PhD Thesis Proposal: Amogha Tadimety

Wednesday, April 17, 2019, 3:30–5:30pm

Rm. 105, Cummings Hall

"Nanoplasmonic Sensor Development for Circulating Tumor DNA Capture and Detection"

Abstract

Liquid biopsies, or the detection of biomarkers from a peripheral fluid sample rather than a tissue sample, offer promise for cancer screening, diagnosis, and monitoring. One biomarker of interest, circulating tumor DNA (ctDNA), can provide insight into tumor mutational profiles and epigenetics with a very short two-hour half- life. ctDNA poses a challenge for detection, however, due to its small size and low concentration, as well as the presence of point mutations that are difficult to differentiate from wild type sequences. Microfluidics combined with nanotechnology could combat these challenges through engineering high specificity and sensitivity to ctDNA.

This thesis proposes to use gold nanoparticles for plasmonic detection of sequence-specific ctDNA binding. The basic principle relies on the highly confined electric fields at the surface of gold nanoparticles, that have an ability to detect slight changes in dielectric environment. We can harness this property by functionalizing the nanoparticles to be selective to biomarkers of interest, and then can read out spectral shifts to transduce binding. This thesis will explore the development of plasmonic nanosensors for capture of ctDNA. Shape effects of particles will be studied through the use of gold nanorods and experimental and theoretical investigation of properties of gold-coated silica of multiple geometries. Particle arrangement is explored through studies of nanoparticles in solution and arrayed or randomly dispersed on chip. Finally, this platform will be applied to both ctDNA sensing applied to pancreatic ductal adenocarcinoma, and detection of the 16s RNA sequence relevant to bacterial detection. Together, this thesis will provide a framework for development of rapid, sample-to-answer nanoplasmonic sensors.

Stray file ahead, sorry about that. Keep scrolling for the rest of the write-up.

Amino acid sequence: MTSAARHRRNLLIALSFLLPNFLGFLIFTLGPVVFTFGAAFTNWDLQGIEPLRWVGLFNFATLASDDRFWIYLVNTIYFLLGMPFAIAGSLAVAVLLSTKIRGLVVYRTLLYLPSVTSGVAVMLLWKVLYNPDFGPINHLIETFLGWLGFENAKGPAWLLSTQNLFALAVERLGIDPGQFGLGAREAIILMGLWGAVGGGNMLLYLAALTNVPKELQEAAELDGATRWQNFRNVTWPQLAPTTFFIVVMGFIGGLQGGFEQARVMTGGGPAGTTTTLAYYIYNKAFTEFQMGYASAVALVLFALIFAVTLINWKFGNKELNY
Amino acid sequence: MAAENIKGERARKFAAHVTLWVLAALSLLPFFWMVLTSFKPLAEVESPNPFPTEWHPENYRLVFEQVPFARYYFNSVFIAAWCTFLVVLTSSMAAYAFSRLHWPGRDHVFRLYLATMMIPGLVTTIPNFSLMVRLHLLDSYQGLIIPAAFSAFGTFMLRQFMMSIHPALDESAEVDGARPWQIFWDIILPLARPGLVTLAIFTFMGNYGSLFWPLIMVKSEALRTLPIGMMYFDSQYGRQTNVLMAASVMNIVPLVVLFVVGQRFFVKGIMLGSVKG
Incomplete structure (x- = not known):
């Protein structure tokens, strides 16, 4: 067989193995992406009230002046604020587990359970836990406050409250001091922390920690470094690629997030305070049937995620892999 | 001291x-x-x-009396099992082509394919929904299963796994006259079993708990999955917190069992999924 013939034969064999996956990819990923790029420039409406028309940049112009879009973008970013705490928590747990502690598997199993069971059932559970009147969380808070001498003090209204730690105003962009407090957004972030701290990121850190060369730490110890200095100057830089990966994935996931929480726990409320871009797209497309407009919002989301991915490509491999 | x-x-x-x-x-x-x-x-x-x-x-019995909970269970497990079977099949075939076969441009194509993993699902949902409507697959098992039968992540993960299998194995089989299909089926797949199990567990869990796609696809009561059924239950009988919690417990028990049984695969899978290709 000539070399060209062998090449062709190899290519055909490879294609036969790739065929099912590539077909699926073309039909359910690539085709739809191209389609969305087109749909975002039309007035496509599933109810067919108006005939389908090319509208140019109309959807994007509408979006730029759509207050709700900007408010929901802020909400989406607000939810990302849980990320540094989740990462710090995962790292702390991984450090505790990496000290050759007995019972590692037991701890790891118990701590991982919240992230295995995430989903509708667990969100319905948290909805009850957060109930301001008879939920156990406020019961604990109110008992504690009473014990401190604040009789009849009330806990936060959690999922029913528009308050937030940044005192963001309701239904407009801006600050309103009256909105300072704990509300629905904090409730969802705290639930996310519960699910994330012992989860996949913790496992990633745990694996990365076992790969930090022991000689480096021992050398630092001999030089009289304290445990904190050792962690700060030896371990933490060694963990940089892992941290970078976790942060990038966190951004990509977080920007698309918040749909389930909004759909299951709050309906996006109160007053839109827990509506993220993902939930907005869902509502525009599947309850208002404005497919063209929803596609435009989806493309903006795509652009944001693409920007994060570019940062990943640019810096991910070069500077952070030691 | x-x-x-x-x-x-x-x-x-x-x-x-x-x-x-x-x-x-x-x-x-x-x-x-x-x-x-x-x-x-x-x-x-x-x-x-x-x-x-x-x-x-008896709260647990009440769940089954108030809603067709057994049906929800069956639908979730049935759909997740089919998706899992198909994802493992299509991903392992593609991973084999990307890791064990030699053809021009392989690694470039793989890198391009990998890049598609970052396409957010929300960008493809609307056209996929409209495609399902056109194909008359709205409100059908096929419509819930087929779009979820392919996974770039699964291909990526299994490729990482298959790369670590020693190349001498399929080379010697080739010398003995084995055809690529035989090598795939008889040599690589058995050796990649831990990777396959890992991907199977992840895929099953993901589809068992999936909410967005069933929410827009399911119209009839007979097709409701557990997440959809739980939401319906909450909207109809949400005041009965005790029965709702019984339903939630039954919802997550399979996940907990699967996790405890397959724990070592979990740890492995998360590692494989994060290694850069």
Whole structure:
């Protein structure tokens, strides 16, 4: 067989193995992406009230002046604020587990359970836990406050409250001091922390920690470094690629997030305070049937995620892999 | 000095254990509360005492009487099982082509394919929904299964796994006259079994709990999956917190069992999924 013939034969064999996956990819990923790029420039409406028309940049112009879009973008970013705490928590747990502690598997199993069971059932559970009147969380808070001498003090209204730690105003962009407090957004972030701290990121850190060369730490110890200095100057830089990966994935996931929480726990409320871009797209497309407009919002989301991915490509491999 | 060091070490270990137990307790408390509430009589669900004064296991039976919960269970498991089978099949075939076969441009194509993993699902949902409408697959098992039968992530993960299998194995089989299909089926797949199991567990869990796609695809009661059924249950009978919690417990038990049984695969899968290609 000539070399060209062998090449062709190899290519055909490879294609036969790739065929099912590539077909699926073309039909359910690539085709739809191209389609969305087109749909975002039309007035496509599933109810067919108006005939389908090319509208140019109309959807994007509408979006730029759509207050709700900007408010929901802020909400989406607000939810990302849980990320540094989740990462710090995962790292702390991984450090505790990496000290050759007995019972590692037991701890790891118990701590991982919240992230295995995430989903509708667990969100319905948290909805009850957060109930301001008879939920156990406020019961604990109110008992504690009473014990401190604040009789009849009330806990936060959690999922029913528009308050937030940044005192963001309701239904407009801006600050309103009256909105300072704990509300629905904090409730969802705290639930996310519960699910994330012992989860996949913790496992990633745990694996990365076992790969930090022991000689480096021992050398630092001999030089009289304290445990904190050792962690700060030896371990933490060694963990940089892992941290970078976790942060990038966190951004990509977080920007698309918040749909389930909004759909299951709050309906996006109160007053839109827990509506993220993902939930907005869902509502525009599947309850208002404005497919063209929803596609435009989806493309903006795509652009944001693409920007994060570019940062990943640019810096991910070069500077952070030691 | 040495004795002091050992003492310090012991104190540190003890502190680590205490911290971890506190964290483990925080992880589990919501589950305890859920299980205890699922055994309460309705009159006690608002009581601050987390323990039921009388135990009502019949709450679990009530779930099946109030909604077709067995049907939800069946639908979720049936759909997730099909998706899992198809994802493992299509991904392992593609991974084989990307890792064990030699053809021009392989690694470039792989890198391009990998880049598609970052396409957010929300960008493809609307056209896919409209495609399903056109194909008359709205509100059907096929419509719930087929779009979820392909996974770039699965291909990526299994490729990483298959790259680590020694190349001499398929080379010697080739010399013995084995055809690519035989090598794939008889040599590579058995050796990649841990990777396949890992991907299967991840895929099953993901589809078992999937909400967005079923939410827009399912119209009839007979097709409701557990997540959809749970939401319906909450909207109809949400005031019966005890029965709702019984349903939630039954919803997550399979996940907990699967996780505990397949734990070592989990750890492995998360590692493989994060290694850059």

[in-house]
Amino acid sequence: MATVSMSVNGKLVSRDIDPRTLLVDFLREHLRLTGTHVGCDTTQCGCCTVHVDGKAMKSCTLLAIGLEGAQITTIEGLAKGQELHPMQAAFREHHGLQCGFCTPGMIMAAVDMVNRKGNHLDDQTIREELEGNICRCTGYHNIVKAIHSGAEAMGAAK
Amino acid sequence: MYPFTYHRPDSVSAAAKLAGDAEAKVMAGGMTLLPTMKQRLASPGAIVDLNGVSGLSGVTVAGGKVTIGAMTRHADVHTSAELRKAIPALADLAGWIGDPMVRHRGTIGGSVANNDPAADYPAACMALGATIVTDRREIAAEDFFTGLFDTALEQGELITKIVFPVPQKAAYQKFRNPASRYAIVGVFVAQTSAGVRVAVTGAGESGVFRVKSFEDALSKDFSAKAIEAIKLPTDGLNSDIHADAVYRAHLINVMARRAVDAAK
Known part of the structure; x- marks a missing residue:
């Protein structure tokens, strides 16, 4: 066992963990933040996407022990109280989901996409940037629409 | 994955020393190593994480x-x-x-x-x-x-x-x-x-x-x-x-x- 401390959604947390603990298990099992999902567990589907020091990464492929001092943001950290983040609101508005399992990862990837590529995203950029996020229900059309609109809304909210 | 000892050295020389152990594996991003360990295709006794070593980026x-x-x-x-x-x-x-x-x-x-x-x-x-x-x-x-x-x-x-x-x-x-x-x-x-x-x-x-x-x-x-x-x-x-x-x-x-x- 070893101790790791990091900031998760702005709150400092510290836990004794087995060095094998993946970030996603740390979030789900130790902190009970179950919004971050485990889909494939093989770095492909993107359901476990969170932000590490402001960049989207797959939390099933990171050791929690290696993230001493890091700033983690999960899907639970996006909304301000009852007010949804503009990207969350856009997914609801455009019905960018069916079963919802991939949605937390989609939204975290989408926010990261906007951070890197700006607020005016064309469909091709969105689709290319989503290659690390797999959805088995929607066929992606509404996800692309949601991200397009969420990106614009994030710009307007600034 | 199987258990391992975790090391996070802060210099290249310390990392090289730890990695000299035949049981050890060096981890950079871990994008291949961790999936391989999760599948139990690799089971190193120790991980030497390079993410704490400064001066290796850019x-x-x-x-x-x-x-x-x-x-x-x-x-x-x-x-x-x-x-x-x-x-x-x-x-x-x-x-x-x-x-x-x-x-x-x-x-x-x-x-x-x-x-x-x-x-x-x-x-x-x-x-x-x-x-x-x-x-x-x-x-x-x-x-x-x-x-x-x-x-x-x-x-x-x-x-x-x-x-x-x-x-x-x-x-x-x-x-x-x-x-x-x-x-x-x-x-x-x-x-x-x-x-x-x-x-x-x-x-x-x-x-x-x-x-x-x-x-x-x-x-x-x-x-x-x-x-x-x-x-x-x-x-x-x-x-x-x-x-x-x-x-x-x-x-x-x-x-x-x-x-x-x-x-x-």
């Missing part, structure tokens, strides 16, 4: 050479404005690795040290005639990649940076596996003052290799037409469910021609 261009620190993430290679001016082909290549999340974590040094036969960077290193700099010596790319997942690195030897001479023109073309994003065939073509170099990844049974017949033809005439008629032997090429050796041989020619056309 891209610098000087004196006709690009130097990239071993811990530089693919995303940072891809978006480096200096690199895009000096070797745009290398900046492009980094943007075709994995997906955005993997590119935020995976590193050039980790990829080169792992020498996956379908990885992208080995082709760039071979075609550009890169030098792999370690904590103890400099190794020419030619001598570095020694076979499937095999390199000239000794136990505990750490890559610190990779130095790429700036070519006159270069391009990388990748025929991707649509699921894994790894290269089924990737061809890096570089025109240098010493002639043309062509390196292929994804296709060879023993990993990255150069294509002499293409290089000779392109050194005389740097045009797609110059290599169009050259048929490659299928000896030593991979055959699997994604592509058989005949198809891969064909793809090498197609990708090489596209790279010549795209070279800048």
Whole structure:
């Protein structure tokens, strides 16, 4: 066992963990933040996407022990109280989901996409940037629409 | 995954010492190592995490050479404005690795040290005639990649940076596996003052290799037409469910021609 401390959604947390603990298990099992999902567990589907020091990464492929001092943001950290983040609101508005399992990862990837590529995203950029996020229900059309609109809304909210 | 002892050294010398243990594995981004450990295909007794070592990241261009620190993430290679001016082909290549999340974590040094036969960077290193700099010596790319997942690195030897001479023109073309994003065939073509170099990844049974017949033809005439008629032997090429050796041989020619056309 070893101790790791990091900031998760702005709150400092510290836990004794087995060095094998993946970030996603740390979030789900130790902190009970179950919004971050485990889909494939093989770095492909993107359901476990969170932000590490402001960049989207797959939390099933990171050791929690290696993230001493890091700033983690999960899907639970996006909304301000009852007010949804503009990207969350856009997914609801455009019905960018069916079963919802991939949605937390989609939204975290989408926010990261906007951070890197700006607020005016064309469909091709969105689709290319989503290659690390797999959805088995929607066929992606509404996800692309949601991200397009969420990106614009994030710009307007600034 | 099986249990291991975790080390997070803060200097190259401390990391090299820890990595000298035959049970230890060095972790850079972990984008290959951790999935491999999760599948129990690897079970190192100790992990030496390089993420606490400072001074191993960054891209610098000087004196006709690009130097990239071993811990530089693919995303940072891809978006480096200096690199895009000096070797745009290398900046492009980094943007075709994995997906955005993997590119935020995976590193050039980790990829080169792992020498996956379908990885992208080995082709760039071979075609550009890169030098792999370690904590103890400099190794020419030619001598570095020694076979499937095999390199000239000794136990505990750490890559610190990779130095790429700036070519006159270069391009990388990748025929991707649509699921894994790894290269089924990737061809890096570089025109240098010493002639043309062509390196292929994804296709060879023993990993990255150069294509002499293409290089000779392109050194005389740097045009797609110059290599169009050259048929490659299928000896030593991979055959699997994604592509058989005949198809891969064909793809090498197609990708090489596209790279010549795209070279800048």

Thesis Committee

For more information, contact Daryl Laware at daryl.a.laware@dartmouth.edu.